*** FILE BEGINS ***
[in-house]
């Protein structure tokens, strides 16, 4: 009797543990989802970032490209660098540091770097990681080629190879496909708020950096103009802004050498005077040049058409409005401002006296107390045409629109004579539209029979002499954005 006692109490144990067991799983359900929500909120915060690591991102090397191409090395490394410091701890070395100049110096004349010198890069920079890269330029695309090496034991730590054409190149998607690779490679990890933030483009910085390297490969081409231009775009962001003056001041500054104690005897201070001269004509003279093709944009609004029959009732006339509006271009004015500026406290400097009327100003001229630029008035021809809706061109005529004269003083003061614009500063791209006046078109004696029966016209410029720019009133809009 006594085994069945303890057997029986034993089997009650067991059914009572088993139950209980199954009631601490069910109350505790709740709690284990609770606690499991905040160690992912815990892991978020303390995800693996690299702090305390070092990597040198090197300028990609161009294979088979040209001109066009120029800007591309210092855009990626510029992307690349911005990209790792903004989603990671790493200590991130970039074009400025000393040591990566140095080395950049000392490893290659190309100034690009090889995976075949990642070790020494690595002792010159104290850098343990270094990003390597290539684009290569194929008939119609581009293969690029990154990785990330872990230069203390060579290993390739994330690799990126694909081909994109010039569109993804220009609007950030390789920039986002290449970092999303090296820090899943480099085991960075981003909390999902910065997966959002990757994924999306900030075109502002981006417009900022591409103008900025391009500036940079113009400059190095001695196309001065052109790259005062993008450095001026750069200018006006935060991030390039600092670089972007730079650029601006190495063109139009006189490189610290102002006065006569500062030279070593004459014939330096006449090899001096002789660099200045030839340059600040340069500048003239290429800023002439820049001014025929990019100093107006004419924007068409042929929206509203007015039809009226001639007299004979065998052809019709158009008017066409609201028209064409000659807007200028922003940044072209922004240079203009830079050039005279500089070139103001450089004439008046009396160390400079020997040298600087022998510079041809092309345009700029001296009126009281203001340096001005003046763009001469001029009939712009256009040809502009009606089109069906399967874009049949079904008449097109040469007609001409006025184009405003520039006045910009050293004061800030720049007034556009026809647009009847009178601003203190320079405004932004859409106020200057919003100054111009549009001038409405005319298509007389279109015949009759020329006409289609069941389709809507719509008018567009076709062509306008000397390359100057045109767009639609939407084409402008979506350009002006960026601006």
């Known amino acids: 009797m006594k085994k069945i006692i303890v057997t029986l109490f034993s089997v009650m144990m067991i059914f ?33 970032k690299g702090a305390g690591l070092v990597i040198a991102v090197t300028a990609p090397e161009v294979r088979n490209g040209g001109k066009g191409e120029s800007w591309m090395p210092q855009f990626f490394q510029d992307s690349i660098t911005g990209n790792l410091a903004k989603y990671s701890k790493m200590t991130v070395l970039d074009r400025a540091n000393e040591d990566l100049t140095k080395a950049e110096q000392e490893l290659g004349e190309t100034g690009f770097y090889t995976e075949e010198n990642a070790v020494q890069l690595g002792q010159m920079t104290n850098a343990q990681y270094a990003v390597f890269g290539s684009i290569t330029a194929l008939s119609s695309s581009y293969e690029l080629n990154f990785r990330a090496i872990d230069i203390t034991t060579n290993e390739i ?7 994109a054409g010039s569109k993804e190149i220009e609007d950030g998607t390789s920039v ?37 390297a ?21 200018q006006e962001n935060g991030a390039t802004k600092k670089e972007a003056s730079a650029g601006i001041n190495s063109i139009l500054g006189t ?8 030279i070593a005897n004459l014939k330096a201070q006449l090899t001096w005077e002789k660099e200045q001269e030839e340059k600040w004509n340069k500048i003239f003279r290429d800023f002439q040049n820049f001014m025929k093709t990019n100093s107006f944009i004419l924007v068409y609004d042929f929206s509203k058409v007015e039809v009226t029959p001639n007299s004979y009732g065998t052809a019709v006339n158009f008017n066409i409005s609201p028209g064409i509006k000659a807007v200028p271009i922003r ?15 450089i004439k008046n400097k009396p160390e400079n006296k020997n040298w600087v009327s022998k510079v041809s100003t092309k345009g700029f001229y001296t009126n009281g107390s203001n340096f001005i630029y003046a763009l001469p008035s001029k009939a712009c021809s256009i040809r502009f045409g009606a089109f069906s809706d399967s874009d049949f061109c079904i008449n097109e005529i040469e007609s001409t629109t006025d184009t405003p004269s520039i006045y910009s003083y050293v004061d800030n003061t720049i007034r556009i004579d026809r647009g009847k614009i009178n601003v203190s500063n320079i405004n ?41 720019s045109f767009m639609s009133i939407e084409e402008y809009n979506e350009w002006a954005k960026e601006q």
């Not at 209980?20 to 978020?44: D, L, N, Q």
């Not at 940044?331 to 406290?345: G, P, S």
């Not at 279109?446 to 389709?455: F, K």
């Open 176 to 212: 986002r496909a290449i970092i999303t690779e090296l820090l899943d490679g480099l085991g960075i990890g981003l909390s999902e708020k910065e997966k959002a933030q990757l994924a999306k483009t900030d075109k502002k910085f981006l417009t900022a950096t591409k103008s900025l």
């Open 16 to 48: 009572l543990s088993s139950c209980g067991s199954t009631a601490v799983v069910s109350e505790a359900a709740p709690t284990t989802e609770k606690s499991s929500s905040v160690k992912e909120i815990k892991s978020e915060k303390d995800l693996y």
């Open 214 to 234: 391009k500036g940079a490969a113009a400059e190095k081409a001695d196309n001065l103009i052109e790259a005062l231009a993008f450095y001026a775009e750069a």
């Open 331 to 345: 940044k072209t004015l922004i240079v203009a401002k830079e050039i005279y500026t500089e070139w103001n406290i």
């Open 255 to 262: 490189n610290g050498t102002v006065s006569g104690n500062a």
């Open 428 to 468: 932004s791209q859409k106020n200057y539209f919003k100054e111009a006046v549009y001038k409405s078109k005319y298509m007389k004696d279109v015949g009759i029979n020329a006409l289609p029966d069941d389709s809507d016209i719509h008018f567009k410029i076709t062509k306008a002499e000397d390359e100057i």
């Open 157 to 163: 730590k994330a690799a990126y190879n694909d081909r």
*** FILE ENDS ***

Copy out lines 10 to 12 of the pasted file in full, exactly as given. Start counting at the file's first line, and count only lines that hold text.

């Open 331 to 345: 940044k072209t004015l922004i240079v203009a401002k830079e050039i005279y500026t500089e070139w103001n406290i």
């Open 255 to 262: 490189n610290g050498t102002v006065s006569g104690n500062a």
């Open 428 to 468: 932004s791209q859409k106020n200057y539209f919003k100054e111009a006046v549009y001038k409405s078109k005319y298509m007389k004696d279109v015949g009759i029979n020329a006409l289609p029966d069941d389709s809507d016209i719509h008018f567009k410029i076709t062509k306008a002499e000397d390359e100057i």